In fact, our core listeners decreased their time spent listening to NPR News stations during the April epidemic.
Here is the core loyalty chart for Saturday, April 2019.
The squiggly line shows why NPR News stations tended to underperform on Saturday afternoon and evening. It was caused by declining loyalty by core listeners.
By 5 p.m. it was down to 60%, by 8 p.m. below 50%.
In fact, the light blue bars indicate listening to the competition — other stations being used by our core.
This chart shows core loyalty for Saturday, April 2020.
In the afternoon, the squiggly loyalty line is improved.
The light blue bars shrunk, meaning that our loyal core listeners were spending less time with the competition.
The dark blue bars are a little stronger, better for us.
In relative terms, the core loyalty improved on Saturday.
In April 2019, core listeners started out Sunday morning with high loyalty to NPR News stations.
That loyalty decreased during the midday and afternoon.
Look at 3 p.m. By that hour 50% of radio listening by our core listeners went to competing stations.
The light blue bars indicate core listeners choosing the programming on other stations, rather than ours.
Here is April 2020. On Sunday — just like Saturday — core loyalty improved in the afternoon.
At 3 p.m. Sunday, core listeners were 70% loyal.
The dark blue bars are higher across the day, as core listeners increased their listening to NPR News stations.
The light blue bars are smaller, indicating less listening to competing stations.
Here is what happened to weekly cume.
NPR News stations in PPM markets lost 3 million weekly listeners, but the loss was fringe listeners. We held most of the core within our cume.
Here is what happened to Time Spent Listening.
NPR News stations in PPM markets did not grow or lose TSL among weekly listeners generally. Yet we lost an hour of listening in the core.
Here is what happened to Loyalty.
NPR News stations in PPM markets experienced improved loyalty overall, driven by even higher loyalty of core listeners. Fringe loyalty did not change.
If you skipped all the evidence and looked here:
- Listener support for NPR News stations should be secure.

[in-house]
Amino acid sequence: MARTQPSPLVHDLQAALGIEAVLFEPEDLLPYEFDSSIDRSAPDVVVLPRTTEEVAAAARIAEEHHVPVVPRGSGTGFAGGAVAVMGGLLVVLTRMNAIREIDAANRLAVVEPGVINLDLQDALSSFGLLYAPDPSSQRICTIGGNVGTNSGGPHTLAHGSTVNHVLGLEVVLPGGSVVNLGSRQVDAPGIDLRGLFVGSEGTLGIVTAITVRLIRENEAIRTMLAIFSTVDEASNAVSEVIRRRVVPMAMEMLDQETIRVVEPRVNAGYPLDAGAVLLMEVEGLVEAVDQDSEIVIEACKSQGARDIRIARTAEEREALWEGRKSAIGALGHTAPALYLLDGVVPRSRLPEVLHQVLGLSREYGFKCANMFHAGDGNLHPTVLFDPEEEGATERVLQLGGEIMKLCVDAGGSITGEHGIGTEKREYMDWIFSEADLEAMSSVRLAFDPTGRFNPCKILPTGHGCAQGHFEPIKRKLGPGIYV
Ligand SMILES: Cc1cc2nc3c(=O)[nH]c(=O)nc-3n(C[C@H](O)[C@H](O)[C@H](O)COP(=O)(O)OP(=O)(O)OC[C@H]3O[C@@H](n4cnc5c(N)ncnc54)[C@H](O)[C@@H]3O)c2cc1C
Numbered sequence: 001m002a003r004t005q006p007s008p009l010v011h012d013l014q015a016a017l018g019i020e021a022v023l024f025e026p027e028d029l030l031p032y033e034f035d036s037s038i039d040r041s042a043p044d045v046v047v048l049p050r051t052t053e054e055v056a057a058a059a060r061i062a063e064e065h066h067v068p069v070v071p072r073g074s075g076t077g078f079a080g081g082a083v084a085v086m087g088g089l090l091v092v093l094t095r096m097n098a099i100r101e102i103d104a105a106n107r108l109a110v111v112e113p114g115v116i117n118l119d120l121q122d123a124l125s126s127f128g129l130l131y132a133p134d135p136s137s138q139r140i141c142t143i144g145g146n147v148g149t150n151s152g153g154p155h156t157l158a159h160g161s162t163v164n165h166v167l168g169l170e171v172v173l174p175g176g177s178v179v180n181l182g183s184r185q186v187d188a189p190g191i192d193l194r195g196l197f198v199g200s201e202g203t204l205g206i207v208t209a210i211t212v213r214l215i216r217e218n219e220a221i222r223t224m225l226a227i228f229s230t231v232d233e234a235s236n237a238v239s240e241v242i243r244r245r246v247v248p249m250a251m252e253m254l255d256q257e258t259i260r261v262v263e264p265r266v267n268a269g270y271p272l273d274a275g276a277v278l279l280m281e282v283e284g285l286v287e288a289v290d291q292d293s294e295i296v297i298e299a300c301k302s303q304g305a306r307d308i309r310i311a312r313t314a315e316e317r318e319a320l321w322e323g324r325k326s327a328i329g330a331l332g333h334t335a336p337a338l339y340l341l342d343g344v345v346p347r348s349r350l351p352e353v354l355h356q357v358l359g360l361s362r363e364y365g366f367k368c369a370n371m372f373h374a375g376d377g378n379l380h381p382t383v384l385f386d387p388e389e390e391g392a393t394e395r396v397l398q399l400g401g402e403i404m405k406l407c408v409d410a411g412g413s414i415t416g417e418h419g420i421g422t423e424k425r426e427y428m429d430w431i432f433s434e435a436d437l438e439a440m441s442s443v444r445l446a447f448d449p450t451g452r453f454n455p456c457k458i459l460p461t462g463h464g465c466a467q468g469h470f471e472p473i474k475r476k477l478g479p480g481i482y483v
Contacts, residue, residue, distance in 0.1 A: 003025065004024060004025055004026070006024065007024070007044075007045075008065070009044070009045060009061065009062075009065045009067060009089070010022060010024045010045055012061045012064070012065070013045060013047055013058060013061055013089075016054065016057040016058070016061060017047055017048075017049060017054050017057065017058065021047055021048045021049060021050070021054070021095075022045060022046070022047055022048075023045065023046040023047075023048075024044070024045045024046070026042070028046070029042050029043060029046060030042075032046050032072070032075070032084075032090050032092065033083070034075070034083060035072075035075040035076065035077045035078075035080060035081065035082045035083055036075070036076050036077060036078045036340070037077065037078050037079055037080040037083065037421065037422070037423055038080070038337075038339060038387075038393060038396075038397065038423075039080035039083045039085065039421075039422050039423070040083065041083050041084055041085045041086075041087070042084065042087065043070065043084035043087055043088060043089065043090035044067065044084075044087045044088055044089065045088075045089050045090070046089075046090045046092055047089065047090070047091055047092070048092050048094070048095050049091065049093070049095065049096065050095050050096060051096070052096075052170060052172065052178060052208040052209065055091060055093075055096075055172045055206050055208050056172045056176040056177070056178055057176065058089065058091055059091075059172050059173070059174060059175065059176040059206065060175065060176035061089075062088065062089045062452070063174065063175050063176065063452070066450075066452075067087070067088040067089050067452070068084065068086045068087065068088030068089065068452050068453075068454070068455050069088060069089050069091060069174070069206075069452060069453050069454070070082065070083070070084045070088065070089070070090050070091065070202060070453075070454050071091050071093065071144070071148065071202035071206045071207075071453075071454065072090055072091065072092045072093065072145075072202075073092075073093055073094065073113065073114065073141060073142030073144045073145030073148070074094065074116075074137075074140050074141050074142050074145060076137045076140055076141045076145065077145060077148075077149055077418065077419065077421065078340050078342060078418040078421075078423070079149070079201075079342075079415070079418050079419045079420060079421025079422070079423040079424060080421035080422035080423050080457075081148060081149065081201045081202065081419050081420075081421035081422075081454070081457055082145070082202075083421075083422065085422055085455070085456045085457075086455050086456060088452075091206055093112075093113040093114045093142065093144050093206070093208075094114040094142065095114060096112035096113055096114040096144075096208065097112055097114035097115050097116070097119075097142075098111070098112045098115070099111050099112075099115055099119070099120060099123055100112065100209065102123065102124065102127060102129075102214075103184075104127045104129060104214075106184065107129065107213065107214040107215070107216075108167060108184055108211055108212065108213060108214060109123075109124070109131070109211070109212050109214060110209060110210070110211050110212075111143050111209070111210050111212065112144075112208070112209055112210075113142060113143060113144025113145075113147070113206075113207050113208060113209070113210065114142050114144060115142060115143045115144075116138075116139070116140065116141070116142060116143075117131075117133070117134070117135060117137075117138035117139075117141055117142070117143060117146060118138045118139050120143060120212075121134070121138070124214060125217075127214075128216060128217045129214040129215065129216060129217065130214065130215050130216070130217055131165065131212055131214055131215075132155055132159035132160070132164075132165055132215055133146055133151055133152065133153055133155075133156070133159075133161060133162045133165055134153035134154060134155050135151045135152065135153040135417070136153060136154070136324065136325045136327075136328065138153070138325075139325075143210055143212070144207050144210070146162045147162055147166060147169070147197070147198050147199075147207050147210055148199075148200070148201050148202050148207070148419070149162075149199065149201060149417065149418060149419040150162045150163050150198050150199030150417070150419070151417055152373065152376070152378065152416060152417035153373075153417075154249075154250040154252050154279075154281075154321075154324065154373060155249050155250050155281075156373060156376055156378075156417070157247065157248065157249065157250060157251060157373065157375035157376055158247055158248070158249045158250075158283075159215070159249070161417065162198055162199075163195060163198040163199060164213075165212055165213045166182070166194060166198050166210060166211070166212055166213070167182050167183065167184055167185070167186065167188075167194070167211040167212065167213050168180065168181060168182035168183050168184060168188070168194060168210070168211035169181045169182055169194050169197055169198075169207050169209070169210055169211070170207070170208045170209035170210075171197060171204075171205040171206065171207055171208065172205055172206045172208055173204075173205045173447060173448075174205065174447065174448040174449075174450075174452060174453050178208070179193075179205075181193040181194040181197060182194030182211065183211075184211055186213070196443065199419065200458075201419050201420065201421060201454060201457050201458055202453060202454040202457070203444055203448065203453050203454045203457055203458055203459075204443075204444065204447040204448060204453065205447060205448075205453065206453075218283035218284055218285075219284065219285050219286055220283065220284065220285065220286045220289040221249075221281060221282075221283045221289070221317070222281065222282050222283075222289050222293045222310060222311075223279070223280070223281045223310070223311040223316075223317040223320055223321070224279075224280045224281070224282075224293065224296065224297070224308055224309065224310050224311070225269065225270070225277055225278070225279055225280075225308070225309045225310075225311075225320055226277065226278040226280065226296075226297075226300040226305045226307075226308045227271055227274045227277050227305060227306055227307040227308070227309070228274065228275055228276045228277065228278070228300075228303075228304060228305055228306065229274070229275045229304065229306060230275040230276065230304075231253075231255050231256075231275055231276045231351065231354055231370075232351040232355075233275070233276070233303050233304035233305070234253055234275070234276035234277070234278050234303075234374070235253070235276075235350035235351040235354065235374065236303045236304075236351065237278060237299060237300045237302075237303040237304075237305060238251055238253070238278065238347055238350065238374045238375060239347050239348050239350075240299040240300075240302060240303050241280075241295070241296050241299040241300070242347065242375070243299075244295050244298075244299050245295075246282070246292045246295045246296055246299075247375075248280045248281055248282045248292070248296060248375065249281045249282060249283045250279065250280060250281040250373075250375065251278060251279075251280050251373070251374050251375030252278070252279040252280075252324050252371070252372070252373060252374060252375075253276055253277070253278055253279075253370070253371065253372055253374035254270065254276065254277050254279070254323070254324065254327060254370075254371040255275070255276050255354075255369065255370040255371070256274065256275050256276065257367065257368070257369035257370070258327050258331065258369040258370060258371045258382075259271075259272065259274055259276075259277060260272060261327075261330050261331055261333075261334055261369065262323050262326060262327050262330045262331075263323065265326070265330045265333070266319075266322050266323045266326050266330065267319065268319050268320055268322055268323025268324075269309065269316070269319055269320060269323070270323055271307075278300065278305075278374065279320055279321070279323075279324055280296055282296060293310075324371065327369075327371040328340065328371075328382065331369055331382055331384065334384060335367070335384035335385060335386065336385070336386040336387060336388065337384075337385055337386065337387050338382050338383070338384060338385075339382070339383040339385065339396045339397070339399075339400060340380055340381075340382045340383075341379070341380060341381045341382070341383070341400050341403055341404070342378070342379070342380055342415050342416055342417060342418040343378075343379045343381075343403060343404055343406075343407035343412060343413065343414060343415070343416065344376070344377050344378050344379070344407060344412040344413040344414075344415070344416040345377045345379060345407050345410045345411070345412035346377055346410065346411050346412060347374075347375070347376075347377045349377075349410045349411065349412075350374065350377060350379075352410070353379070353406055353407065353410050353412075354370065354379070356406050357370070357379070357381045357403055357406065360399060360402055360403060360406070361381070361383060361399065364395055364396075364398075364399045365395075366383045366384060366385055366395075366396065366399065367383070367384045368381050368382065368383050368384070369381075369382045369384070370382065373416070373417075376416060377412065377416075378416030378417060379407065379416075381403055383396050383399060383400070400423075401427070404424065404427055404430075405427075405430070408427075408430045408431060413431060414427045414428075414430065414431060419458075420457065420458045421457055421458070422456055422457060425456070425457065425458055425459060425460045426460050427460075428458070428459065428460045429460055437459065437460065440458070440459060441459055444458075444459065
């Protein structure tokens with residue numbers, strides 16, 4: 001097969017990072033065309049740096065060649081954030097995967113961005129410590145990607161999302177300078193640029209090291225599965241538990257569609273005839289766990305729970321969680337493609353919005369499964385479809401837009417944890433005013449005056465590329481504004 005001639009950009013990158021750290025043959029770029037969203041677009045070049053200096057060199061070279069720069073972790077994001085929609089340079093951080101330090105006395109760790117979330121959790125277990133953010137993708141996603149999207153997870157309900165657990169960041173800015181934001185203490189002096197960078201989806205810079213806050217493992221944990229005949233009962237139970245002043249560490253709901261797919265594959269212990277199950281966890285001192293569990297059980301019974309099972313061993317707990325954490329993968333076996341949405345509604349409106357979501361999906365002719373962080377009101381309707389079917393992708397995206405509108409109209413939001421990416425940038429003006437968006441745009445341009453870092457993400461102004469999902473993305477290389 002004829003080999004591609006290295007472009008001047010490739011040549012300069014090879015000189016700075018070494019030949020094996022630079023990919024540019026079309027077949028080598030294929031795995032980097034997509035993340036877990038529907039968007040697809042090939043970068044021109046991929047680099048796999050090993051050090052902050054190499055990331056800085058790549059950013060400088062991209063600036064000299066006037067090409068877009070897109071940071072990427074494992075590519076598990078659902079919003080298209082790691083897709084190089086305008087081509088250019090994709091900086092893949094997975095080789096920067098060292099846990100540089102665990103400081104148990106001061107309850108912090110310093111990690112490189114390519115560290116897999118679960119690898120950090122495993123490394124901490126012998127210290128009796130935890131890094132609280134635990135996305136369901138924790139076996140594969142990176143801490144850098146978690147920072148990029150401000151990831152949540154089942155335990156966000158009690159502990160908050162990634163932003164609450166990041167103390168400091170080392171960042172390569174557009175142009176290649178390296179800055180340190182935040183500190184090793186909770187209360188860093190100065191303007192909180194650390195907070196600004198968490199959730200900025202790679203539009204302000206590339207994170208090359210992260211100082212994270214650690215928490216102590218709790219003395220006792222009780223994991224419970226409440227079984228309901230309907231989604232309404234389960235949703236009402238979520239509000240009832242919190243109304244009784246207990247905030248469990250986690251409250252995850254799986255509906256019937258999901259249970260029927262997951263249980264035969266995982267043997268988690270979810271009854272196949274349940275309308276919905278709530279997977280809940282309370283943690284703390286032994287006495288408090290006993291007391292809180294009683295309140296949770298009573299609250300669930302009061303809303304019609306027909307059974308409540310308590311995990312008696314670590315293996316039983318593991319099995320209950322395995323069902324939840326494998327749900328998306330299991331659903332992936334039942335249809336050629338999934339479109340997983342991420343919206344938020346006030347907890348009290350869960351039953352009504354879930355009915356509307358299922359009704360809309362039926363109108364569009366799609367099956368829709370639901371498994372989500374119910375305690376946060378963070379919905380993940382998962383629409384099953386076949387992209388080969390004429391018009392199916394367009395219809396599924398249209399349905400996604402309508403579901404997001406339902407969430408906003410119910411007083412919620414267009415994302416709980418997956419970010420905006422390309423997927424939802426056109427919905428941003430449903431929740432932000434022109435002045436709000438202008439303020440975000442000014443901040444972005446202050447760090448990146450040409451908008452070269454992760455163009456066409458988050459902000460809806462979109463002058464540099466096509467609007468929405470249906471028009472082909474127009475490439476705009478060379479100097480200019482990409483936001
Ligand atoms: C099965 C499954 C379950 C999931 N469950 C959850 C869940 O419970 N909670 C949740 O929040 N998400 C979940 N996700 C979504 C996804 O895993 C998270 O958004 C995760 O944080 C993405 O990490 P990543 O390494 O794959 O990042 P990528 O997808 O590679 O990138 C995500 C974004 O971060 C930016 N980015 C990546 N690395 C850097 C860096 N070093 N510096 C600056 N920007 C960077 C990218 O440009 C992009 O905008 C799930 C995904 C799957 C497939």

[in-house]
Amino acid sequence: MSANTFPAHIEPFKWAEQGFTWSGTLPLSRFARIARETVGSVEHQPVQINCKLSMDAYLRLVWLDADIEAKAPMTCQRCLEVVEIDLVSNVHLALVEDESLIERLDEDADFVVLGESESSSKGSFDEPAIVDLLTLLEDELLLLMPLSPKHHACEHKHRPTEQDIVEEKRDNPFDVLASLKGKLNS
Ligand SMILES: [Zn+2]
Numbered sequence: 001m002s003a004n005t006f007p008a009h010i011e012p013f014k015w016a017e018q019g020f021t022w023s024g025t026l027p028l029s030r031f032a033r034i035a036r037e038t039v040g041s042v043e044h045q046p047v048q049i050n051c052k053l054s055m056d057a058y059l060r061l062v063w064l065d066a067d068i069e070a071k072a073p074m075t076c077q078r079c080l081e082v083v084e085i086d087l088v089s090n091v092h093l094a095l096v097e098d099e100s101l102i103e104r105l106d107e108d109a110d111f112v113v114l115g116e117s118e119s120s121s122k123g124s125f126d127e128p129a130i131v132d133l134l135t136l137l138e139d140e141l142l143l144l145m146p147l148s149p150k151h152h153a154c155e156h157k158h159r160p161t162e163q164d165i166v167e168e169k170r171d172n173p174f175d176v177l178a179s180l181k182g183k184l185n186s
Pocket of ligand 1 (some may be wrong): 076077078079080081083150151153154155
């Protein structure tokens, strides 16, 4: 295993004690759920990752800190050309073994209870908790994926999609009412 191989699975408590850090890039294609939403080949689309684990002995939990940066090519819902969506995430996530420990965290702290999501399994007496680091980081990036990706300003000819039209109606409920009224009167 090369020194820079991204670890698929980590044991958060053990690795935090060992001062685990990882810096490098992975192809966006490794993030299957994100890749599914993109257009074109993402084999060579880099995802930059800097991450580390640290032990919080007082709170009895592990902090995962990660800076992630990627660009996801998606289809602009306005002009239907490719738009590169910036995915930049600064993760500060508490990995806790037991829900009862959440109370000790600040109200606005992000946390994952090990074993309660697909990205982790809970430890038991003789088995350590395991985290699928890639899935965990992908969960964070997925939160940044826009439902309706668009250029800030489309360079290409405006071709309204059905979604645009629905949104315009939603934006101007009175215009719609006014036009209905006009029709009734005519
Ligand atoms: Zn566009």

- We know that because dedicated core listeners increased their loyalty.
- The lost cume consisted primarily of fringe listeners, who listen less often.
- Super-serve the core. Ask them to upgrade now.
In terms of research design, the epidemic presented what we call a natural field experiment.
The independent variable was away-from-home radio listening. That variable was not manipulated by researchers, but we could measure the consequences out in the field.
The epidemic will pass, yet it’s possible that this field experiment revealed the near future for radio. Your next car, perhaps driverless, will include digital streams of audio, video and social media — dire competition for FM.
We could not have produced this report without the generous cooperation of Lori Kaplan at NPR, Joanne Church at RRC, Steve Olson at ARA and David Giovannoni, the designer of AudiGraphics.
March 2020 was the PPM month when radio use was changing from familiar patterns to a novel reality.
The PPM month of April 2020 consisted of 28 calendar days running March 26 to April 22.
David and Lori compiled a comprehensive list of 91 public radio stations that broadcast an NPR News format and reach listeners in PPM metro markets.
12 of those stations generate half of the listening:
ARA intends to deliver custom monthly reports going forward for PPM May and June 2020, delivered to stations that subscribe to AudiGraphics.
Steve Olson’s email is firstname.lastname@example.org or phone (240) 651-4640.
George Bailey is president of Walrus Research, an independent audience research firm with an established record of quantitative and qualitative projects for public radio stations, national producers and networks.